Sinn Fein and the DUP are at loggerheads over policing and justice
Policing and justice powers in Northern Ireland may not be devolved for years, the DUP's Gregory Campbell has said.
The East Londonderry MP said there was no prospect of a date for devolution being given before Christmas.
At the weekend, Sinn Fein's Martin McGuinness said a date must be set by then and the powers transferred early in 2010.
The issue is set to be discussed when Prime Minister Gordon Brown meets his Irish counterpart Brian Cowen later.
The DUP and Sinn Fein have been arguing for months about policing and justice, often referred to as the "last piece of the devolution jigsaw".
Speaking on Monday, Mr Campbell said: "It will take years, for not only my colleagues and myself, but for many in the unionist community to see Sinn Fein continuing to work the Northern Ireland Assembly and not using it as some sort of battering ram, because that's where we are now.
"It appears we're moving into the position where their speeches - and Martin McGuinness again and Brian Cowen before him were indicating if policing and justice doesn't happen and there's no date by Christmas then we're in for this train wreck.
"Well if that's the case let them spell it out."
Speaking at a republican event at the weekend Sinn Fein national chairperson Declan Kearney said the DUP had to "make its mind up now".
Gregory Campbell said a date for devolution would not be set soon
"In recent weeks all the evidence indicates the DUP have no intention to support the transfer of policing and justice powers," he said.
"Absolutely nothing suggests this position will change. Their continued intransigence is a serious political mistake. It is a train-wreck political strategy and political consequences will be inevitable."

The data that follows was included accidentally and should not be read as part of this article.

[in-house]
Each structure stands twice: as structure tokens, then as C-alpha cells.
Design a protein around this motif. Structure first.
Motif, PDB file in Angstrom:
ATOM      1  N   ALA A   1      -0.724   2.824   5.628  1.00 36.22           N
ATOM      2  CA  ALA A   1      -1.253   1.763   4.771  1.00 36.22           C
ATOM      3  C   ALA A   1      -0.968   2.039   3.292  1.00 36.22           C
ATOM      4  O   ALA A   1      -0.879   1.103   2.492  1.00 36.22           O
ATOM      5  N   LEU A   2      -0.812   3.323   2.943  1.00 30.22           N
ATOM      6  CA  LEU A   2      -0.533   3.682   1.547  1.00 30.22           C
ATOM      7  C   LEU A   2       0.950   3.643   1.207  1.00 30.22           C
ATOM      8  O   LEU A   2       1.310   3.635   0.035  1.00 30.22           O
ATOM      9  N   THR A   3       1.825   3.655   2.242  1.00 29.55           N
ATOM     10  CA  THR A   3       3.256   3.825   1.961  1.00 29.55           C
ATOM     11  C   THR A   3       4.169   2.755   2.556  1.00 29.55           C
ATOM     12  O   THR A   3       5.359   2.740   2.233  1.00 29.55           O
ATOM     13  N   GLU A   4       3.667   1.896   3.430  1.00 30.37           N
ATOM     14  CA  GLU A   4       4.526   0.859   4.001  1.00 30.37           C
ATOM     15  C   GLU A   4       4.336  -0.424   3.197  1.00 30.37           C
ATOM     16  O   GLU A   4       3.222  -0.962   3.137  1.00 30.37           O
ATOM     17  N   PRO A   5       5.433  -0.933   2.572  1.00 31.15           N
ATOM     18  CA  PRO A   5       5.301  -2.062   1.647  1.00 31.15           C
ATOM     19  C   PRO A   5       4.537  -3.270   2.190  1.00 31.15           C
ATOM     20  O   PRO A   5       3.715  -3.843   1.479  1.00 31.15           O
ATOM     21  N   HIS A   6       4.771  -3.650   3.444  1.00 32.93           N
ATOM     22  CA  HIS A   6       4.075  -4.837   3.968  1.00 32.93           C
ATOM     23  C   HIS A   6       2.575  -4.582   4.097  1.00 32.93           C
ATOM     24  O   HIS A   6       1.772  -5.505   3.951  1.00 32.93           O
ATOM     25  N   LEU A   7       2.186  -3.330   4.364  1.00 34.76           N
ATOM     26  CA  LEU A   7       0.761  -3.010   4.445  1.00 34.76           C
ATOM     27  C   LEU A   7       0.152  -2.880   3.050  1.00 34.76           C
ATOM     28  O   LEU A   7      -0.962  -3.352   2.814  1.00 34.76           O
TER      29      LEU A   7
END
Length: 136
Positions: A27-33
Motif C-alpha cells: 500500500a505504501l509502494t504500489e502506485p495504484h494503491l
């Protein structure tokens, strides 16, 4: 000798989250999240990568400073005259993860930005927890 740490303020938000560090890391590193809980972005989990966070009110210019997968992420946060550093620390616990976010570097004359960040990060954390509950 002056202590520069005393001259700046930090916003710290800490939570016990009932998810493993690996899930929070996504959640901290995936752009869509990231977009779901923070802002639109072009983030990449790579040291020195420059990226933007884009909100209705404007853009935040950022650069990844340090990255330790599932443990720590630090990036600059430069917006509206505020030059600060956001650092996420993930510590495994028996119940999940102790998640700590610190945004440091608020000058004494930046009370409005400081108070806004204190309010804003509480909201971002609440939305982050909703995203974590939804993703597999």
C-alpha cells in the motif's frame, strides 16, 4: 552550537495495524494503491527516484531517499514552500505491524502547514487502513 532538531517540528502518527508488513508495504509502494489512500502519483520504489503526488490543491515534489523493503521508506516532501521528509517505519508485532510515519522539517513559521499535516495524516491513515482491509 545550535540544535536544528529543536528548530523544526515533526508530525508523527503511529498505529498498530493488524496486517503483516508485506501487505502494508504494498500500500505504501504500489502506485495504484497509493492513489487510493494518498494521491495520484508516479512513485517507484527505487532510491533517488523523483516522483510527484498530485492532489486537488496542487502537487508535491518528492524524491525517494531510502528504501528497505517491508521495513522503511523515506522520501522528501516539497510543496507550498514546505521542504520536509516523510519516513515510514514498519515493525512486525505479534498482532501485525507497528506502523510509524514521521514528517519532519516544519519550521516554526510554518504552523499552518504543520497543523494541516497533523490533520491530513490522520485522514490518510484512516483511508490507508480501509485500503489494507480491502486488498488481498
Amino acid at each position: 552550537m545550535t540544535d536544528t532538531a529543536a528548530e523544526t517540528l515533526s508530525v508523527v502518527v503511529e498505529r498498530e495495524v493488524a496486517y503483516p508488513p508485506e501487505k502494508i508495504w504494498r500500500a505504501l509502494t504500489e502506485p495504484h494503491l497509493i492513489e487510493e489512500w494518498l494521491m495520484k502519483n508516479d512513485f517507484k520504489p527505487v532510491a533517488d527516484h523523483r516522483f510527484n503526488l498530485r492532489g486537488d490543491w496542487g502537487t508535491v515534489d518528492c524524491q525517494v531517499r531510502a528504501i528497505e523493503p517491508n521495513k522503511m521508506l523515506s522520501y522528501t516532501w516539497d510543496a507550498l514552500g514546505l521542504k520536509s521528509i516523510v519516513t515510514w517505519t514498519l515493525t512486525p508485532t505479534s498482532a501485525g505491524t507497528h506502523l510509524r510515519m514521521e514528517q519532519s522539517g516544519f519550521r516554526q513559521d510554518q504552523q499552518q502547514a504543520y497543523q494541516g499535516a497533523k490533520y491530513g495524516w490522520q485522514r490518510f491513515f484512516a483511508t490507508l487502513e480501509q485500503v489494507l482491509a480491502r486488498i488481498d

Mr McGuinness, who is NI's deputy first minister, met Taoiseach Cowen over the weekend and said that "ongoing attacks" by DUP First Minister Peter Robinson on the decision-making processes were of concern.
"I see these attacks as a very clear example of the failure on the part of the DUP to embrace the equality, partnership and power-sharing arrangements which lie at the heart of these agreements," he said.
Mr Robinson has said that he wants community designation at the assembly replaced by a 65% weighted majority system to "ensure widespread support" but which would stop any single party having "a veto on progress".
"It would encourage co-operation and compromise and end the potential of blackmail by stalemate," he told a DUP meeting in Foyle last week.
He said that much had been achieved by the Executive, but the "areas of disagreement" undermined the administration's credibility.
"The continual inability to agree on a range of issues drains credibility from the operation of devolution and if it continues over a long period of time will undoubtedly threaten its long-term survival," he said.
"I do not believe that this is in anyone's best interests."